When the latest version of True Grit was released in cinemas in 2010 (the first film was released in 1969 and starred John Wayne), I was eager to see it. Jeff Bridges, Matt Damon and the Coen brothers were a big yes, and my dad recommended the story. I’m not usually a fan of Westerns, but these factors convinced me and I went to see it – and yes, it was good. It actually lived up to the hype. Bridges was brilliant as always, Damon was just right for the part and young Hailee Steinfeld was perfect as the older-than-her-years Mattie. Despite it being a Western I was intrigued by Mattie and admired her determination and courage. The moment when she rides her horse through the river in order not to be left behind by Rooster and Le Boeuf was particularly stirring.
Soon after the film was released I bought myself a copy of the original novel, written by Charles Portis in 1968. The fact that the new edition boasted an introduction by Donna Tartt, one of my favourite authors, only encouraged me. But the book sat on my shelf for a long time, maybe a year. I don’t know why. A lot of my decision process when choosing a book to read is based on feeling and for some reason True Grit did not compel me for some time. Anyway, a couple of months ago I picked it up and read Tartt’s introduction, in which she heralds True Grit as one of her favourite books, one she is able to return to again and again and revel in. Perhaps this, coupled with the excellence of the film, was one of the problems.
Mattie’s narrative voice is one aspect of the story that is always praised, both in the book and the film. It is certainly strong and confident. She is only fourteen, yet has unending pragmatism and determination. She is obviously traumatised and angered by her father’s death, but she does not attend his funeral because she has to sort out his papers; at least, this is the reason she gives. It is not at all strange to her that she should want to set out to catch her father’s killer, despite her age and gender (this is 19th century Old West after all), and is offended when her capabilities are doubted. I particularly like that she wears her father’s hat and coat for the journey to find his killer, and wields his gun. Yet she is still a child. Sometimes her bravery betrays her naivety and lack of experience; but then, perhaps we should all be a little braver and care a little less about what we ‘should’ do. Most people admire Mattie and I do too – but sometimes her naivety and youth create a slightly annoying rather than endearing narrator. Sometimes her narrative just seems like bad writing, and the story just plods along, despite its several dramatic and exciting episodes. Mattie does not make anything seem exciting. I think the point is that she contains her feelings so well that she does not fully express them even to her reader, and we must read the subtext. This works in Austen, but not here. Instead of a calm mask over fraught feelings, Mattie just seems calm, oddly so. She is very matter of fact, and the reason for this is no doubt because she is relating the story to us from her old age. Nevertheless, she makes everything sound ordinary and while dramatic not really that exciting. To be honest, sometimes I got bored.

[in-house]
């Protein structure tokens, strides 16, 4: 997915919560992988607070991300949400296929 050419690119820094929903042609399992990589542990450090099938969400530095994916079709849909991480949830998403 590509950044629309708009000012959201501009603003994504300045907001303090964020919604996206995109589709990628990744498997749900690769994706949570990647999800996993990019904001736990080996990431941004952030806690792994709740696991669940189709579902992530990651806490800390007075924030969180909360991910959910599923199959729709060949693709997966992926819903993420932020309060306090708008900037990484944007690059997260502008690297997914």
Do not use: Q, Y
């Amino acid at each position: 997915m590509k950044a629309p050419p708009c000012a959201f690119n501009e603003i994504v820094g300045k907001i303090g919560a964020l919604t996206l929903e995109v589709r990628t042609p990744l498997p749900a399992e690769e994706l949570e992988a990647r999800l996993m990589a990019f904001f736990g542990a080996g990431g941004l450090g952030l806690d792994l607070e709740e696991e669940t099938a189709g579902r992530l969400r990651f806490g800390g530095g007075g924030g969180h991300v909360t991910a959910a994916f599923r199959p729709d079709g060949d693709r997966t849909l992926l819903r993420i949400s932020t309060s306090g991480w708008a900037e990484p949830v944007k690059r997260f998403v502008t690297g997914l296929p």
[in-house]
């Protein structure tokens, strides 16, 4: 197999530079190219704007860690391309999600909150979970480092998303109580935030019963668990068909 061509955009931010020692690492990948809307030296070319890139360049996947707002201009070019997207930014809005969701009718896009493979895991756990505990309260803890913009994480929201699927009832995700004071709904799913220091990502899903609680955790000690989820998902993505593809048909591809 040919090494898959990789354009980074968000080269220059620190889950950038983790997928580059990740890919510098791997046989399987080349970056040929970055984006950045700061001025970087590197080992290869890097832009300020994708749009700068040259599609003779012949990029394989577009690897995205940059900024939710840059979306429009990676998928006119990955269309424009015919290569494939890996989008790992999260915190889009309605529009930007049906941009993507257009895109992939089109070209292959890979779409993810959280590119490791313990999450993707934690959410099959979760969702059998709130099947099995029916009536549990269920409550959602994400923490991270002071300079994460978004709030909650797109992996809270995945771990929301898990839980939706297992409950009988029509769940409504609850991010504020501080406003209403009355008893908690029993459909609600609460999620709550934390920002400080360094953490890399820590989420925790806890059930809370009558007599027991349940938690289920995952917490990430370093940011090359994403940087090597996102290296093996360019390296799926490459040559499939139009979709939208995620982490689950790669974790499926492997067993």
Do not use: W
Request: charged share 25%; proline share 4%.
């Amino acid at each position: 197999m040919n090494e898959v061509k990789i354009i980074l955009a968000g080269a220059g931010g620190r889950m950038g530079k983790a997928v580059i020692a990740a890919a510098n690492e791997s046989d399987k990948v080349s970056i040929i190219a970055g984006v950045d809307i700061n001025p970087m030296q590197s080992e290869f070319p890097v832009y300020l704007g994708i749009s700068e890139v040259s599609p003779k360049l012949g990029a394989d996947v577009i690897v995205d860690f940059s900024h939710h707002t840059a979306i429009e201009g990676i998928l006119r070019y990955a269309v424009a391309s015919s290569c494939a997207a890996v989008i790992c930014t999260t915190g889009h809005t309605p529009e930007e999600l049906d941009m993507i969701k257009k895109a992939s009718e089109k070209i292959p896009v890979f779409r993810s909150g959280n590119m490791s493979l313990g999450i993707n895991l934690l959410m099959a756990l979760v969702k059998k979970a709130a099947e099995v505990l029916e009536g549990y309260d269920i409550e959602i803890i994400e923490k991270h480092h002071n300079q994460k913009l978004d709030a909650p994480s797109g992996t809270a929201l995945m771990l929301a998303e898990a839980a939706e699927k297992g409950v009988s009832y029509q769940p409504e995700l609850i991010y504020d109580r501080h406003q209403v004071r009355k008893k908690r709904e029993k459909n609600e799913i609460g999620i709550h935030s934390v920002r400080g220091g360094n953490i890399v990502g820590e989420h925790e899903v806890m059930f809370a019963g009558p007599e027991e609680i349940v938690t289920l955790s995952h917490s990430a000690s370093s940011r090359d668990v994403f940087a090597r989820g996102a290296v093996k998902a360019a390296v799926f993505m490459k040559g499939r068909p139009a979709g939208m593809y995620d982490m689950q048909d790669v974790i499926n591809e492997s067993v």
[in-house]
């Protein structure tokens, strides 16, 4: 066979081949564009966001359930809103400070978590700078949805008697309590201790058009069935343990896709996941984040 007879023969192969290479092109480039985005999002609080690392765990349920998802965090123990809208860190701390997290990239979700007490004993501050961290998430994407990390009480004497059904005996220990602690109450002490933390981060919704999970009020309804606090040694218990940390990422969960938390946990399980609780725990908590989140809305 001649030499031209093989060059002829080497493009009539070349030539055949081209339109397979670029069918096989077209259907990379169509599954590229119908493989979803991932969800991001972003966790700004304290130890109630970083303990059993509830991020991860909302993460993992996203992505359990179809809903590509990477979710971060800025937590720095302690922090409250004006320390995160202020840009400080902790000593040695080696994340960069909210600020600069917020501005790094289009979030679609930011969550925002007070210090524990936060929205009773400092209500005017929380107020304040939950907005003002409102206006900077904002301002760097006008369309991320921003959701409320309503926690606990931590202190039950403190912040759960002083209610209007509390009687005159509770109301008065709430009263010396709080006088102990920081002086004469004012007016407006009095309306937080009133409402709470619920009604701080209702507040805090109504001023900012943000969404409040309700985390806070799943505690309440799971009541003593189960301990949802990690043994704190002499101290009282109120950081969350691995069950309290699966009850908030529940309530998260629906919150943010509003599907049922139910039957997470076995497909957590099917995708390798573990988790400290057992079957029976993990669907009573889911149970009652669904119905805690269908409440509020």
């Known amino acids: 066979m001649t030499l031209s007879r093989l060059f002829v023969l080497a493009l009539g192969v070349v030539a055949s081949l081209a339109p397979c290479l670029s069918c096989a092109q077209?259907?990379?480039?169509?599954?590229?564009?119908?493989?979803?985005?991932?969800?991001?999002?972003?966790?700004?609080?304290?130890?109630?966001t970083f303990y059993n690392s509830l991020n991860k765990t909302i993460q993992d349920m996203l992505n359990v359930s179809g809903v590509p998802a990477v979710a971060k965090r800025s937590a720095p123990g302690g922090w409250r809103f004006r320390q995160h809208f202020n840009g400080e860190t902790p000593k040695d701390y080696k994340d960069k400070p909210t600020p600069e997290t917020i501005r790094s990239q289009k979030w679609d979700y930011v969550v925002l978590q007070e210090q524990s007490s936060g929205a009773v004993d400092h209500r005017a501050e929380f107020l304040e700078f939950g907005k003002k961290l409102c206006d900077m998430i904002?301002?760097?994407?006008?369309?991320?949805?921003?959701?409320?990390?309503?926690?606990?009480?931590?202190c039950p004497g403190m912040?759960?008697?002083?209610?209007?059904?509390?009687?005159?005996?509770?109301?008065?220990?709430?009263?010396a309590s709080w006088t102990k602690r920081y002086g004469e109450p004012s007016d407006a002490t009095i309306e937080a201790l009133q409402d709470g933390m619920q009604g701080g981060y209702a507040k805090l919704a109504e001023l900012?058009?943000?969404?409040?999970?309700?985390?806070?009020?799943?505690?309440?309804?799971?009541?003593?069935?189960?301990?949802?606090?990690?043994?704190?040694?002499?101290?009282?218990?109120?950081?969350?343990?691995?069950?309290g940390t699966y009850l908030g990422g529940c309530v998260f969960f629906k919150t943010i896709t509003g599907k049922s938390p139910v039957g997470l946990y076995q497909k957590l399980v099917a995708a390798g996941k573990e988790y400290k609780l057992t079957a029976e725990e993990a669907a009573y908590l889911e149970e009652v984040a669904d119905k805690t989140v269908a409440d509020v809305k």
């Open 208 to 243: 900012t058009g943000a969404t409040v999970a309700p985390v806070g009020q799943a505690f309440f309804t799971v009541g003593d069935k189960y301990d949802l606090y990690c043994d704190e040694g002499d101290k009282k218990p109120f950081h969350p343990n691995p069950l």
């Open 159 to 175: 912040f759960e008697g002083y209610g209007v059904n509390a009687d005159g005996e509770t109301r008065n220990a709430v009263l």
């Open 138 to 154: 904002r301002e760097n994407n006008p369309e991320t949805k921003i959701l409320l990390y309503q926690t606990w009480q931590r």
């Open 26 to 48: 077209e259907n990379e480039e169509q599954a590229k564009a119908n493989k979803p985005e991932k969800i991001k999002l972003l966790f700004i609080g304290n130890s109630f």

Mattie’s narrative is so blank that most of the time I had images from the film in my head – I just could not picture it any other way. I have read novels after seeing the film adaptation before, but this was different. There was so little imagery in Portis’ work that the film took over in my mind. Now, I am not one who needs everything spelled out, heck, part of the reason I love novels is that everything isn’t, but this is really, really blank. There is so little here. In a way it’s good because Portis/Mattie is simply giving you the bare bones of the story and you are then left to make your own judgements and character profiles, but I felt that Mattie needed to do more for her reader. When her horse Blackie dies, her heart is ‘broken’ and ‘There never lived a nobler pony’, but that’s about all the feeling you get. The poor girl is forced to grow up before her time and as a result it seems that she loses the ability to express much emotion beyond a sentence here and there on the state of her heart. The result for the reader is that while we admire her courage and determination, we cannot connect with her on an emotional or, really, a psychological level. We commend her bravery, and are moved by her plight – but that’s it. Essentially, Mattie is two-dimensional. For a girl being written by a man in a Western in 1968, she is pretty damn cool. For a girl in 2012, she is two-dimensional. If anything she acts, today, as a symbol of female courage, determination and downright stubbornness in the face of men who think she is a Silly Little Girl, something I think all women have been made to feel at one point or another.
Mattie enlists Rooster Cogburn to help her track down her father’s killer because she hears he has ‘true grit’ – and of course the point is that in the end she is the one with ‘true grit’. It is a great story, and Mattie is a great creation, but not necessarily a great character – she is not well-rounded enough for that. Her adventure is all there is to her, it seems. With Mattie and with True Grit as a whole, I was left wanting more; needing more, as a reader.
Originally published in 1968 by Simon & Schuster in the US, and reprinted by Bloomsbury in 2005.